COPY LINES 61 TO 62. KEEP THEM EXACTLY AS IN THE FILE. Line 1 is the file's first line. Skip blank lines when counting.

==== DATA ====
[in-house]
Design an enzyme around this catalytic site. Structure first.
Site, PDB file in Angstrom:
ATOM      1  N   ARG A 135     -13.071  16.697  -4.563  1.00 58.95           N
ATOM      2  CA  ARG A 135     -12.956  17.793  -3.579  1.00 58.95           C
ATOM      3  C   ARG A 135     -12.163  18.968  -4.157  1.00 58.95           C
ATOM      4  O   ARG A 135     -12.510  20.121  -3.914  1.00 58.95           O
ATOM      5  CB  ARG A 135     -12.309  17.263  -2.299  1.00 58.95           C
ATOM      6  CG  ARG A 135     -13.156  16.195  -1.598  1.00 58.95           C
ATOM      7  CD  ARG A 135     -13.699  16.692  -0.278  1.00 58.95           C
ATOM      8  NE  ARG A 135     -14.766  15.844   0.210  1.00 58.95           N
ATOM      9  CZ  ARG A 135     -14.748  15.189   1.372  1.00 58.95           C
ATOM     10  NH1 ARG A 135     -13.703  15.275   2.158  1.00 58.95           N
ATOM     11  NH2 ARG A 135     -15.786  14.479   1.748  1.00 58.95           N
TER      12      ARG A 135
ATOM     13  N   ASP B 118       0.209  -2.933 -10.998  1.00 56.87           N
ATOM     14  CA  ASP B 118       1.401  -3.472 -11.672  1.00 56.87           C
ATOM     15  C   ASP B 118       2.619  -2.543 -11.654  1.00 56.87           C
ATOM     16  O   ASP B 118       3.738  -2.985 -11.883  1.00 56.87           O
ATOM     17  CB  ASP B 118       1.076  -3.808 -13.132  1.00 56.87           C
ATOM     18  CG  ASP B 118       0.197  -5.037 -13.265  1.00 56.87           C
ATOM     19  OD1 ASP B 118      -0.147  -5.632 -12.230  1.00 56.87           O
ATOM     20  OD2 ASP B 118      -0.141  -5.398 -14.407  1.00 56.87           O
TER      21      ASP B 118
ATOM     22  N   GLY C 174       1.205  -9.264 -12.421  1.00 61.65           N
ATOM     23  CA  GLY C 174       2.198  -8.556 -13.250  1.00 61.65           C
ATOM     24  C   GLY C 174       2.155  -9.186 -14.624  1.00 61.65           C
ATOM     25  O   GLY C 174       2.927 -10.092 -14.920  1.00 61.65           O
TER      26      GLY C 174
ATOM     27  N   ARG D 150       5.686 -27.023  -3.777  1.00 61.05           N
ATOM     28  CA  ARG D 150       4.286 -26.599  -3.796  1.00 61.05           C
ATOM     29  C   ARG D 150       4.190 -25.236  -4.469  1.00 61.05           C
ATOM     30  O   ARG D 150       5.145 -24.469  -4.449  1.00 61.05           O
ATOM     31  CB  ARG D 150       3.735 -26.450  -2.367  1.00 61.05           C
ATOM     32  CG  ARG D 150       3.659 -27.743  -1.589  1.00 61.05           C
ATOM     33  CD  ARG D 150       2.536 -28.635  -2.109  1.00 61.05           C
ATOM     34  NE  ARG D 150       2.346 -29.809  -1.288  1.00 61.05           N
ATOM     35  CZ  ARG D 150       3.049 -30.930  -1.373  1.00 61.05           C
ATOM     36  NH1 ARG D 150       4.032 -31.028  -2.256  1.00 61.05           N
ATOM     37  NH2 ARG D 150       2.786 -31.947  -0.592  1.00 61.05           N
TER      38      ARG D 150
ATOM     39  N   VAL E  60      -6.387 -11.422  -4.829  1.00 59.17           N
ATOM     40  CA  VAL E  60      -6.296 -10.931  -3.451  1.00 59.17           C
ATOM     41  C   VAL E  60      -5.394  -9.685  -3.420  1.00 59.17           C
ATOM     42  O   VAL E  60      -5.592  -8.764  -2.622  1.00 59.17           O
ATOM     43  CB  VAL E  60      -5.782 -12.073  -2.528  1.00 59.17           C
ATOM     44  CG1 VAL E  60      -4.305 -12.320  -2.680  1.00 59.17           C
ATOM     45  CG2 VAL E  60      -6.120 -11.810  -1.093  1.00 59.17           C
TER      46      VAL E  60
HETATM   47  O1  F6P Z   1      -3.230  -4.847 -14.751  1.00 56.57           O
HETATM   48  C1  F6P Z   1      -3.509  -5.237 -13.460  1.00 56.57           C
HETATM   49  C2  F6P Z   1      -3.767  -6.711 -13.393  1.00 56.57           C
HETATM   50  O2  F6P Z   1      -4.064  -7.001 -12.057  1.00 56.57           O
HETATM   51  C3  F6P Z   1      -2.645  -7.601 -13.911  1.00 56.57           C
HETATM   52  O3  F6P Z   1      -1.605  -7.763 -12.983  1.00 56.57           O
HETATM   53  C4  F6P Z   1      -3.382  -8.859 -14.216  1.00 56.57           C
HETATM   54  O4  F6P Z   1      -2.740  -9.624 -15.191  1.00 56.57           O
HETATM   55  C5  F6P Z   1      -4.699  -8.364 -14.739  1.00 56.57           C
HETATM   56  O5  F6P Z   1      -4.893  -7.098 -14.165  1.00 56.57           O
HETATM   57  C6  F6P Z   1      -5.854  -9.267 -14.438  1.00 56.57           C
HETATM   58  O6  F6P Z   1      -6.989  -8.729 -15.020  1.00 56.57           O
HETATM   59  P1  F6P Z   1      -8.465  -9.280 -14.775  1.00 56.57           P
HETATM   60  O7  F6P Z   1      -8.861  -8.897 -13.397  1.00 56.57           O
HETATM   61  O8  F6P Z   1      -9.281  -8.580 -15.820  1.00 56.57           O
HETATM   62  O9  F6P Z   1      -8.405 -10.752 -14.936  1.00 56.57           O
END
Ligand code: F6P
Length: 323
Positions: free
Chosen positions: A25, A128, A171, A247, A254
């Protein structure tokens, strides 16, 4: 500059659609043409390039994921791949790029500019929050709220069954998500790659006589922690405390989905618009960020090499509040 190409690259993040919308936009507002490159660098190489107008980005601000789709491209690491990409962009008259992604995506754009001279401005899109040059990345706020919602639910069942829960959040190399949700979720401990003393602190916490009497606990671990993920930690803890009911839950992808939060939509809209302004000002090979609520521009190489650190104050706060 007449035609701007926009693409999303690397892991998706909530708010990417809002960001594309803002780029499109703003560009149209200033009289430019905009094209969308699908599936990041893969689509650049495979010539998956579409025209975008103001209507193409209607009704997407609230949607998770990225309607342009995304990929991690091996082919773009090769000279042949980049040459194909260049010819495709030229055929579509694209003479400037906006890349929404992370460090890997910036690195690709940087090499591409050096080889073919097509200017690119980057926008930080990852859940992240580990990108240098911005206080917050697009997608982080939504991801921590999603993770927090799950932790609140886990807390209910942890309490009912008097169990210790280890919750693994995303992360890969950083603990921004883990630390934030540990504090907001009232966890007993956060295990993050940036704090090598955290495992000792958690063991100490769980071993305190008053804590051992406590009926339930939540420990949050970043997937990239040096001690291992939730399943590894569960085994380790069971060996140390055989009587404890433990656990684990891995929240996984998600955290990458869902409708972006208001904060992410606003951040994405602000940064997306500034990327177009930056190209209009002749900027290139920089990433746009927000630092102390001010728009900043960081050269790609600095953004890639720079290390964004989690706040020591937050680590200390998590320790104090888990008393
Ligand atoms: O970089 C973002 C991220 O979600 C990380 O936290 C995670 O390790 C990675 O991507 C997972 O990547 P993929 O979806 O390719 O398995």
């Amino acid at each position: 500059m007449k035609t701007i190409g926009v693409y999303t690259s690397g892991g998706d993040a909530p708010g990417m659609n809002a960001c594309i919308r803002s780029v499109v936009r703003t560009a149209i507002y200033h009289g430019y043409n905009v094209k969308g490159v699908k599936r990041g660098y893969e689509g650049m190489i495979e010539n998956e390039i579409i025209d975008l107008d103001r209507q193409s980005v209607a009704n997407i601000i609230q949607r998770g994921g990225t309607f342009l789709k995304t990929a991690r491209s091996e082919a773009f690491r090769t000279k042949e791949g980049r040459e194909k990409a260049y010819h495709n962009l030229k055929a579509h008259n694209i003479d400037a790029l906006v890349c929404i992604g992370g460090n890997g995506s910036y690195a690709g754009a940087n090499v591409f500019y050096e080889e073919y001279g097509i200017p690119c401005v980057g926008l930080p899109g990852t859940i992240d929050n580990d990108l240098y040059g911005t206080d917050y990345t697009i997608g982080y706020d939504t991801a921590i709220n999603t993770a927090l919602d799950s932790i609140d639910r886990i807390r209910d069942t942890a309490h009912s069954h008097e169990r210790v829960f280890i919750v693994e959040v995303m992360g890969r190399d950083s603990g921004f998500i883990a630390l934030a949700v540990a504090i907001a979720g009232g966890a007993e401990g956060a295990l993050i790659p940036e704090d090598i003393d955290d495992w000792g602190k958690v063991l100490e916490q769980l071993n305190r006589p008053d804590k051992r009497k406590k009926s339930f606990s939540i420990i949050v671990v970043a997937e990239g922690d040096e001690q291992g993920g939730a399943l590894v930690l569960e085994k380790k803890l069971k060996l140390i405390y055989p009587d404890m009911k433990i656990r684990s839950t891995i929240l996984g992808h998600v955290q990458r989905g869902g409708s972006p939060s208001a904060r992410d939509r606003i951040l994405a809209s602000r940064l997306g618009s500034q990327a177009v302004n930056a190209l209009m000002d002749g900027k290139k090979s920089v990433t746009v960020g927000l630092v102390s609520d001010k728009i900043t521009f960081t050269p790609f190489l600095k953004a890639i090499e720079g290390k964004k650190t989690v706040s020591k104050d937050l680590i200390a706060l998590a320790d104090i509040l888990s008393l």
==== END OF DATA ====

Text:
HETATM   58  O6  F6P Z   1      -6.989  -8.729 -15.020  1.00 56.57           O
HETATM   59  P1  F6P Z   1      -8.465  -9.280 -14.775  1.00 56.57           P